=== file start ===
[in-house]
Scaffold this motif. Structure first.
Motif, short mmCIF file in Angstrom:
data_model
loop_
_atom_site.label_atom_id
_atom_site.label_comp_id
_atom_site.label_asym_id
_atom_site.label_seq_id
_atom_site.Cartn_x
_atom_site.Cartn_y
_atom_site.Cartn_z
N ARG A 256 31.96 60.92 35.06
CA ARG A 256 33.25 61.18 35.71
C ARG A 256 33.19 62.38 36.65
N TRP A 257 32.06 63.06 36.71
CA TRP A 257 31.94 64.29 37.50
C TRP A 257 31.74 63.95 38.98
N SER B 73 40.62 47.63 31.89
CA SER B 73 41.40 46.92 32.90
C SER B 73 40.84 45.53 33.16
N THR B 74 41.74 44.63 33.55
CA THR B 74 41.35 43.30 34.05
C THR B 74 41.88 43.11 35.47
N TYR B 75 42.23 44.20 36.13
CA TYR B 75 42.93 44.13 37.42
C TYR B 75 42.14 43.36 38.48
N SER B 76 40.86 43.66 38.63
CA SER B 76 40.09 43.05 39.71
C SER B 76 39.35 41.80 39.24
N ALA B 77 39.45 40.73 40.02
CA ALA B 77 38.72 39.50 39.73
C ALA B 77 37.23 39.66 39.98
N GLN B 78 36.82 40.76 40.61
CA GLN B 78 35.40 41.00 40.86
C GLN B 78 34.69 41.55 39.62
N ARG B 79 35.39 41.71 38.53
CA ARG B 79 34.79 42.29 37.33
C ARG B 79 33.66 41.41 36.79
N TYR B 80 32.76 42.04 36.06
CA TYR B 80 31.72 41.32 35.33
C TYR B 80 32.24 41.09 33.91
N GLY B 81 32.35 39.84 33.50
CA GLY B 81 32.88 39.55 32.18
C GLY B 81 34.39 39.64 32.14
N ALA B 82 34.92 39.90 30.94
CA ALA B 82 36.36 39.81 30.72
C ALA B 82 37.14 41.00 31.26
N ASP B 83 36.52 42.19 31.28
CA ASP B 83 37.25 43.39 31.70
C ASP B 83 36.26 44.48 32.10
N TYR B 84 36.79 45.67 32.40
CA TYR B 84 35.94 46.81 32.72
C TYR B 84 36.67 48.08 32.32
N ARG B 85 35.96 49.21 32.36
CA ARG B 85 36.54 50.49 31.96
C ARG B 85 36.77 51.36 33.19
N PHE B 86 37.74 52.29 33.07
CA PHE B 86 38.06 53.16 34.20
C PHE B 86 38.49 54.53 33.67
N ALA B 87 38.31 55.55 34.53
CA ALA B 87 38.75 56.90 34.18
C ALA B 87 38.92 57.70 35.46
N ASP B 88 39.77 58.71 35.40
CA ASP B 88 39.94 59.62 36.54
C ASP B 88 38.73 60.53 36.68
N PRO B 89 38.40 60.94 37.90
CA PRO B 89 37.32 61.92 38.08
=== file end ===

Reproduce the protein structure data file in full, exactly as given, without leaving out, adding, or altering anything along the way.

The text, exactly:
[in-house]
Scaffold this motif. Structure first.
Motif, short mmCIF file in Angstrom:
data_model
loop_
_atom_site.label_atom_id
_atom_site.label_comp_id
_atom_site.label_asym_id
_atom_site.label_seq_id
_atom_site.Cartn_x
_atom_site.Cartn_y
_atom_site.Cartn_z
N ARG A 256 31.96 60.92 35.06
CA ARG A 256 33.25 61.18 35.71
C ARG A 256 33.19 62.38 36.65
N TRP A 257 32.06 63.06 36.71
CA TRP A 257 31.94 64.29 37.50
C TRP A 257 31.74 63.95 38.98
N SER B 73 40.62 47.63 31.89
CA SER B 73 41.40 46.92 32.90
C SER B 73 40.84 45.53 33.16
N THR B 74 41.74 44.63 33.55
CA THR B 74 41.35 43.30 34.05
C THR B 74 41.88 43.11 35.47
N TYR B 75 42.23 44.20 36.13
CA TYR B 75 42.93 44.13 37.42
C TYR B 75 42.14 43.36 38.48
N SER B 76 40.86 43.66 38.63
CA SER B 76 40.09 43.05 39.71
C SER B 76 39.35 41.80 39.24
N ALA B 77 39.45 40.73 40.02
CA ALA B 77 38.72 39.50 39.73
C ALA B 77 37.23 39.66 39.98
N GLN B 78 36.82 40.76 40.61
CA GLN B 78 35.40 41.00 40.86
C GLN B 78 34.69 41.55 39.62
N ARG B 79 35.39 41.71 38.53
CA ARG B 79 34.79 42.29 37.33
C ARG B 79 33.66 41.41 36.79
N TYR B 80 32.76 42.04 36.06
CA TYR B 80 31.72 41.32 35.33
C TYR B 80 32.24 41.09 33.91
N GLY B 81 32.35 39.84 33.50
CA GLY B 81 32.88 39.55 32.18
C GLY B 81 34.39 39.64 32.14
N ALA B 82 34.92 39.90 30.94
CA ALA B 82 36.36 39.81 30.72
C ALA B 82 37.14 41.00 31.26
N ASP B 83 36.52 42.19 31.28
CA ASP B 83 37.25 43.39 31.70
C ASP B 83 36.26 44.48 32.10
N TYR B 84 36.79 45.67 32.40
CA TYR B 84 35.94 46.81 32.72
C TYR B 84 36.67 48.08 32.32
N ARG B 85 35.96 49.21 32.36
CA ARG B 85 36.54 50.49 31.96
C ARG B 85 36.77 51.36 33.19
N PHE B 86 37.74 52.29 33.07
CA PHE B 86 38.06 53.16 34.20
C PHE B 86 38.49 54.53 33.67
N ALA B 87 38.31 55.55 34.53
CA ALA B 87 38.75 56.90 34.18
C ALA B 87 38.92 57.70 35.46
N ASP B 88 39.77 58.71 35.40
CA ASP B 88 39.94 59.62 36.54
C ASP B 88 38.73 60.53 36.68
N PRO B 89 38.40 60.94 37.90
CA PRO B 89 37.32 61.92 38.08